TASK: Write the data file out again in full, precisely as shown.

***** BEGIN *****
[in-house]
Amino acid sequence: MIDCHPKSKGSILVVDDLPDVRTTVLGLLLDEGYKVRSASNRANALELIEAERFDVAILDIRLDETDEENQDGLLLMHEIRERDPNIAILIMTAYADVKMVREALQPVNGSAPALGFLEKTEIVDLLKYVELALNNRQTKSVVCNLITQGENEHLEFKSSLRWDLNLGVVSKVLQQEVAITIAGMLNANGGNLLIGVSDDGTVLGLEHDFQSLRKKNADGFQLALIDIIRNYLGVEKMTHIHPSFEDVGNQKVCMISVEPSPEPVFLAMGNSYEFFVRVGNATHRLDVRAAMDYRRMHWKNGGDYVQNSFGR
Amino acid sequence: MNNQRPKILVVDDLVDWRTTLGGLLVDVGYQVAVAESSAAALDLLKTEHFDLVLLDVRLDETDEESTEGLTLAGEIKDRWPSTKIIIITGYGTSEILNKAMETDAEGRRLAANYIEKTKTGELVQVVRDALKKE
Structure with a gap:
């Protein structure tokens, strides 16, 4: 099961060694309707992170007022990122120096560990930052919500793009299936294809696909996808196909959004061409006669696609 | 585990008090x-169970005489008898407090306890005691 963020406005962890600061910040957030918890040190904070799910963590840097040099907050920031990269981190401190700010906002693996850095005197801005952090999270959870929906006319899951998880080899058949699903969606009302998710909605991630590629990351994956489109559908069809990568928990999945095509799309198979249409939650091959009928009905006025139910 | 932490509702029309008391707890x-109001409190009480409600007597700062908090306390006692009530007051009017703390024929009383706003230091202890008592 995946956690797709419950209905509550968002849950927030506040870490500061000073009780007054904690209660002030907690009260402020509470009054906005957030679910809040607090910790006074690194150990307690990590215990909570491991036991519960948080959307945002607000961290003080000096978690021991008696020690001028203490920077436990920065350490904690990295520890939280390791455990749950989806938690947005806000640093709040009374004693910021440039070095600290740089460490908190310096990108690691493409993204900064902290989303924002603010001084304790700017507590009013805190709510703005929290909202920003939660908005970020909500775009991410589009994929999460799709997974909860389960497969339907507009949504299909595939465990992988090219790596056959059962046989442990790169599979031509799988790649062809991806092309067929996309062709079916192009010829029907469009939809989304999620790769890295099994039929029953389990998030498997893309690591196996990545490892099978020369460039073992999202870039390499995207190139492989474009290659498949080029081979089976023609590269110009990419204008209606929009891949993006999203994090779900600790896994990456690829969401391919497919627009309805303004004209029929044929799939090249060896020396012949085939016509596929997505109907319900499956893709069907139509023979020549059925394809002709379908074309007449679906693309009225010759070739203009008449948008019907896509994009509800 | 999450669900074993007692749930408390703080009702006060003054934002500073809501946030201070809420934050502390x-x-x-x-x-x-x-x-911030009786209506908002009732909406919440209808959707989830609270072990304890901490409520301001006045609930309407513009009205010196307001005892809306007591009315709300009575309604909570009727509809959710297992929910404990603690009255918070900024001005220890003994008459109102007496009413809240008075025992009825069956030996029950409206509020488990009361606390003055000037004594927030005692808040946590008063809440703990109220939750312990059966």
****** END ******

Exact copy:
[in-house]
Amino acid sequence: MIDCHPKSKGSILVVDDLPDVRTTVLGLLLDEGYKVRSASNRANALELIEAERFDVAILDIRLDETDEENQDGLLLMHEIRERDPNIAILIMTAYADVKMVREALQPVNGSAPALGFLEKTEIVDLLKYVELALNNRQTKSVVCNLITQGENEHLEFKSSLRWDLNLGVVSKVLQQEVAITIAGMLNANGGNLLIGVSDDGTVLGLEHDFQSLRKKNADGFQLALIDIIRNYLGVEKMTHIHPSFEDVGNQKVCMISVEPSPEPVFLAMGNSYEFFVRVGNATHRLDVRAAMDYRRMHWKNGGDYVQNSFGR
Amino acid sequence: MNNQRPKILVVDDLVDWRTTLGGLLVDVGYQVAVAESSAAALDLLKTEHFDLVLLDVRLDETDEESTEGLTLAGEIKDRWPSTKIIIITGYGTSEILNKAMETDAEGRRLAANYIEKTKTGELVQVVRDALKKE
Structure with a gap:
């Protein structure tokens, strides 16, 4: 099961060694309707992170007022990122120096560990930052919500793009299936294809696909996808196909959004061409006669696609 | 585990008090x-169970005489008898407090306890005691 963020406005962890600061910040957030918890040190904070799910963590840097040099907050920031990269981190401190700010906002693996850095005197801005952090999270959870929906006319899951998880080899058949699903969606009302998710909605991630590629990351994956489109559908069809990568928990999945095509799309198979249409939650091959009928009905006025139910 | 932490509702029309008391707890x-109001409190009480409600007597700062908090306390006692009530007051009017703390024929009383706003230091202890008592 995946956690797709419950209905509550968002849950927030506040870490500061000073009780007054904690209660002030907690009260402020509470009054906005957030679910809040607090910790006074690194150990307690990590215990909570491991036991519960948080959307945002607000961290003080000096978690021991008696020690001028203490920077436990920065350490904690990295520890939280390791455990749950989806938690947005806000640093709040009374004693910021440039070095600290740089460490908190310096990108690691493409993204900064902290989303924002603010001084304790700017507590009013805190709510703005929290909202920003939660908005970020909500775009991410589009994929999460799709997974909860389960497969339907507009949504299909595939465990992988090219790596056959059962046989442990790169599979031509799988790649062809991806092309067929996309062709079916192009010829029907469009939809989304999620790769890295099994039929029953389990998030498997893309690591196996990545490892099978020369460039073992999202870039390499995207190139492989474009290659498949080029081979089976023609590269110009990419204008209606929009891949993006999203994090779900600790896994990456690829969401391919497919627009309805303004004209029929044929799939090249060896020396012949085939016509596929997505109907319900499956893709069907139509023979020549059925394809002709379908074309007449679906693309009225010759070739203009008449948008019907896509994009509800 | 999450669900074993007692749930408390703080009702006060003054934002500073809501946030201070809420934050502390x-x-x-x-x-x-x-x-911030009786209506908002009732909406919440209808959707989830609270072990304890901490409520301001006045609930309407513009009205010196307001005892809306007591009315709300009575309604909570009727509809959710297992929910404990603690009255918070900024001005220890003994008459109102007496009413809240008075025992009825069956030996029950409206509020488990009361606390003055000037004594927030005692808040946590008063809440703990109220939750312990059966």